Do you like ‘me time?’ Well imagine 45-minutes to 1-hour that is all about you…that’s therapy! I do not have to share airtime with my son, spouse, friends or co-workers. Having uninterrupted time away from others, work, the phone, chores, etc. is refreshing. I told a friend that my relationship with my therapist is the best, most one-sided relationship I have. While I really like her and wish her well, I do not have to ask (or care) about her life, husband, kids, her hopes and dreams or anything about her. And guess what? She doesn’t expect me to! My therapist does not know anyone else in my life and therefore, she can look at my life in an unbiased way to help me. It allows time to focus on me, talk through what is on my ‘plate’ at the moment and get practical suggestions for next steps.

I believe the saying ‘no pain no gain’ applies to the patient-therapist relationship in a way. You will need to come with an open mind, honest heart and willing spirit that is ready to do the ‘work.’ Think about the reason for starting therapy and what you desire to be different in your life. Remember that that reason will require you to do some things to bring about change. It will undoubtedly include a shift in your thinking and revisiting some old wounds to uncover the source for present-day behaviors; so, get ready. I am naturally a stubborn person and my therapist picked right up on this in our second session, so you can only imagine my ‘work’ is sometimes a struggle. So- Will you cry sometimes? Probably! Will you be challenged? Yes. Will you always like what your therapist has to say? No. Will you make positive changes? That is the ultimate goal.

Making the decision to begin therapy takes a lot of courage. Courage to ignore the stigma, courage to look at yourself in a different way and courage to be dedicated to the work required to manifest change. In my motherhood journey I have met numerous moms, of various ages, who attend therapy on a regular basis. They’ve shared their reason(s) for starting and continuing the process. I appreciate their honesty to share their story of mental health self-care as it has inspired me to do the same. Moms- I celebrate with you for making the decision to care for your emotional and mental health and I applaud those who are beginning to think about starting the process. Below are numerous resources to help you get started. –Krystal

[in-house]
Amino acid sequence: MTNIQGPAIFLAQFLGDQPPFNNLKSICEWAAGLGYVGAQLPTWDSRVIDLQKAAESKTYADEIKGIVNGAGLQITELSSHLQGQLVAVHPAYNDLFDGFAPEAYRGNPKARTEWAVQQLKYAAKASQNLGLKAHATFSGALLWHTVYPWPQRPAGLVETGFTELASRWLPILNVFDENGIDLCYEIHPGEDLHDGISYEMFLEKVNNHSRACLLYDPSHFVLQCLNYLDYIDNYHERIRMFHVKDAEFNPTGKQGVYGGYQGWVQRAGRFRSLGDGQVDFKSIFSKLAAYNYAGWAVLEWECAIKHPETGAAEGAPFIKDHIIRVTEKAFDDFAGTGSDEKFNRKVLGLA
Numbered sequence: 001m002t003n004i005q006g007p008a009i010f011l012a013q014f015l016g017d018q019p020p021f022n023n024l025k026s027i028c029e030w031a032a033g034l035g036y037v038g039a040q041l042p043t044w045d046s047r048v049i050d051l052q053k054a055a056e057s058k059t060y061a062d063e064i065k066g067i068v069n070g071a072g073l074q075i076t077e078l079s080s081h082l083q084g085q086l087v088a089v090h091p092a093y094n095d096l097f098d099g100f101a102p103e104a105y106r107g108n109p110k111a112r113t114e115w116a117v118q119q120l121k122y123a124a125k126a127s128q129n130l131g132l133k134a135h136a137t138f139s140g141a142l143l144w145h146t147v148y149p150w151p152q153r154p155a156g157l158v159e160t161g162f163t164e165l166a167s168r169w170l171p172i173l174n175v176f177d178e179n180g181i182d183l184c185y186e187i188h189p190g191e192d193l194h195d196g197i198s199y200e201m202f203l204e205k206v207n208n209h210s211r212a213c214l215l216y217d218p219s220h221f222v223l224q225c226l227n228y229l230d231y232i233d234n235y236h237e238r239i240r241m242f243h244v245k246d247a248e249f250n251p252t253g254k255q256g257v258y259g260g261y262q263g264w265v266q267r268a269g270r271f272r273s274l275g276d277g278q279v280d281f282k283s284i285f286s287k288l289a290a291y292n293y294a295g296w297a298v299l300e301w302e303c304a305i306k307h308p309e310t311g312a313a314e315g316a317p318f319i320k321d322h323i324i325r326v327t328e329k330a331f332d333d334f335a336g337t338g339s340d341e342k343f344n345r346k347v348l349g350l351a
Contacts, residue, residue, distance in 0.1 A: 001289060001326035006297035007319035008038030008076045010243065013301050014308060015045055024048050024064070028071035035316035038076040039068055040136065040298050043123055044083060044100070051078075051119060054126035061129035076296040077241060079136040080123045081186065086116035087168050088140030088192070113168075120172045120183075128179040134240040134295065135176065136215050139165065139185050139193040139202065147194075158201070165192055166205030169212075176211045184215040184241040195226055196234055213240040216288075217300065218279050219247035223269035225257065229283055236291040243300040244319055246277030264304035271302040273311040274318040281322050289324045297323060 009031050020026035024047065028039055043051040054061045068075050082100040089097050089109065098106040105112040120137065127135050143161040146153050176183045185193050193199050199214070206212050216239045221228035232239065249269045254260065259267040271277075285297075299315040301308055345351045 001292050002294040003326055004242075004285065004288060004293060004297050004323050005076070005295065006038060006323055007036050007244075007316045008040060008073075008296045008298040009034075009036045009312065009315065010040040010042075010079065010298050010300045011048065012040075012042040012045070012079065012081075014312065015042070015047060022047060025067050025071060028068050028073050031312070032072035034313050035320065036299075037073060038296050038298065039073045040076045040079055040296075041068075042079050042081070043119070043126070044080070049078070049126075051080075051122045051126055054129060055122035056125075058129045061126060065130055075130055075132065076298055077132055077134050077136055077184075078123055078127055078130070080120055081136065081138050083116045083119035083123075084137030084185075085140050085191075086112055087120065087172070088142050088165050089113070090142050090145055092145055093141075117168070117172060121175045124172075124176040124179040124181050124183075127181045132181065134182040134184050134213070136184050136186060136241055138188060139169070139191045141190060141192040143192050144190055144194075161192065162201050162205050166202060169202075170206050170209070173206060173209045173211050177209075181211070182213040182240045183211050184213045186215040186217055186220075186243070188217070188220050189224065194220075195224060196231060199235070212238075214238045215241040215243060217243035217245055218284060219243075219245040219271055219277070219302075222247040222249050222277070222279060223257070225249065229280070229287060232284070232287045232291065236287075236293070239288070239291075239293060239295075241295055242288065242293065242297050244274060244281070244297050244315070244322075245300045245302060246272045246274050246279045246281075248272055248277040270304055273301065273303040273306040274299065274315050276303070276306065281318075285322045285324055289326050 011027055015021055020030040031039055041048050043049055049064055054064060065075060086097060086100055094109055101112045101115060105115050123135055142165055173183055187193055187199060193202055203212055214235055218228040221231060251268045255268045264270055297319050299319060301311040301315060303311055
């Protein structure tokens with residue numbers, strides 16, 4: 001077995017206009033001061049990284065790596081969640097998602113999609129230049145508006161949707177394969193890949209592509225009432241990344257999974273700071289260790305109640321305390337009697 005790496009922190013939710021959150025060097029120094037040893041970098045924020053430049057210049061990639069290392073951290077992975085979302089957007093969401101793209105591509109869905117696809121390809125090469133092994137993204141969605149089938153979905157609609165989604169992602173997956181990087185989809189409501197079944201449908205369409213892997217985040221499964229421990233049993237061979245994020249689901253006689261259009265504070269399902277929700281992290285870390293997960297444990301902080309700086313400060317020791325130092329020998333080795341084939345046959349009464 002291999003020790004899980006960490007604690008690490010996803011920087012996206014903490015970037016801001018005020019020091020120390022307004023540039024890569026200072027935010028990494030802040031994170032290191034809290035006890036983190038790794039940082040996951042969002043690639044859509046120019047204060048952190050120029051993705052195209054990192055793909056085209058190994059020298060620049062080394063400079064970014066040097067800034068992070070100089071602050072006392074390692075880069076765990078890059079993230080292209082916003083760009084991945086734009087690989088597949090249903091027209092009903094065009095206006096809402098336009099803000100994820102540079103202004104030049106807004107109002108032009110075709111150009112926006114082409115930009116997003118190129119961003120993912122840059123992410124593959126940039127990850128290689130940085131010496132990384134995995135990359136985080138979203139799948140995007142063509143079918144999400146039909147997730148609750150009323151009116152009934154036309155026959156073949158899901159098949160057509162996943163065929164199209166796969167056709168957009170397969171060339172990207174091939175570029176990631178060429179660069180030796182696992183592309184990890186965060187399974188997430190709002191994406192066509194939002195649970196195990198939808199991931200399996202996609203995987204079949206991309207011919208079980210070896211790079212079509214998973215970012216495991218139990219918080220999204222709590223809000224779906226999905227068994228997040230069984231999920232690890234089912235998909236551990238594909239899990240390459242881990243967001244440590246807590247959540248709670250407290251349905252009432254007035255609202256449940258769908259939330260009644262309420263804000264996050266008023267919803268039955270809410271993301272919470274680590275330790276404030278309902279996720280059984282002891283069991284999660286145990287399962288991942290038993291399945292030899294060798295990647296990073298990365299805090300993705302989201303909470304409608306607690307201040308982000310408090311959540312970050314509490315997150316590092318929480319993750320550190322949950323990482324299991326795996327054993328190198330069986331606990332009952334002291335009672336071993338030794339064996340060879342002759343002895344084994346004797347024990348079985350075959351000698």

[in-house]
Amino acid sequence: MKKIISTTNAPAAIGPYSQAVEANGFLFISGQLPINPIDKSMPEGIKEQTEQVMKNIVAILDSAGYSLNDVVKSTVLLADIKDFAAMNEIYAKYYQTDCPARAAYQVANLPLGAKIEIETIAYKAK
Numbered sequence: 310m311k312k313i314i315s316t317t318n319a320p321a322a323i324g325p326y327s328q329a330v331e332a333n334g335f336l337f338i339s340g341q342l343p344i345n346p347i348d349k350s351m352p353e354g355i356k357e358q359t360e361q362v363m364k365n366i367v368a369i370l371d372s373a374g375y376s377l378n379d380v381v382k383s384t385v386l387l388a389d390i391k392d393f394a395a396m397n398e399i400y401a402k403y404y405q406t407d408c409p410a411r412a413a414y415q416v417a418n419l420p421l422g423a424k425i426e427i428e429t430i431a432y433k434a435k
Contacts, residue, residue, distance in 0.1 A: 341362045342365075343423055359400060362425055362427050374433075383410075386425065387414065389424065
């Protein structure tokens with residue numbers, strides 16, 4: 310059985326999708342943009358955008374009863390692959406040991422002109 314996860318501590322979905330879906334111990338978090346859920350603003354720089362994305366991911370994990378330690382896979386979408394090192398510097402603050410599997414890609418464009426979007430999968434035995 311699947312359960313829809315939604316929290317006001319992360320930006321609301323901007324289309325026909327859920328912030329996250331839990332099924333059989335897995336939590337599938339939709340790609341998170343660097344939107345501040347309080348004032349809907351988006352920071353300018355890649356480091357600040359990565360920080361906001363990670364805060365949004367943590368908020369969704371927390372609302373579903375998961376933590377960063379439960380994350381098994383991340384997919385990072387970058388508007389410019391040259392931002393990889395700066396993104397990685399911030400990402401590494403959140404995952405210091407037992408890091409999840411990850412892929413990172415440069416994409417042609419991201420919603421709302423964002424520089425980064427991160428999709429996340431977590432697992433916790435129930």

Therapy for Black Girls- Therapist Directory-
A useful online directory is Therapy for Black Girls Dr. Joy Harden Bradford, a licensed psychologist and creator of the site, has a free user-friendly, up-to-date directory that lists clinicians all over the US. There is a wealth of useful articles, information and tips for Black women about mental health. I was able to find my new therapist using her site and recommend it to others.

Employee Assistance Programs-

If you work full or part-time, many employers have employee assistance programs that offer free assessment and counseling services to address personal and/or work-related issues. The services are confidential, and information shared during your session(s) is not shared with your supervisor. Talk with your Human Resources department for more information or contact your insurance provider.

Pastor or Minister-
If you are looking for a counseling with more of a spiritual focus, many pastors offer counseling
their members. If your pastor is unable to do this, there could be an associate minister that is able
to work with you. Ask the administrative staff at your church to find out.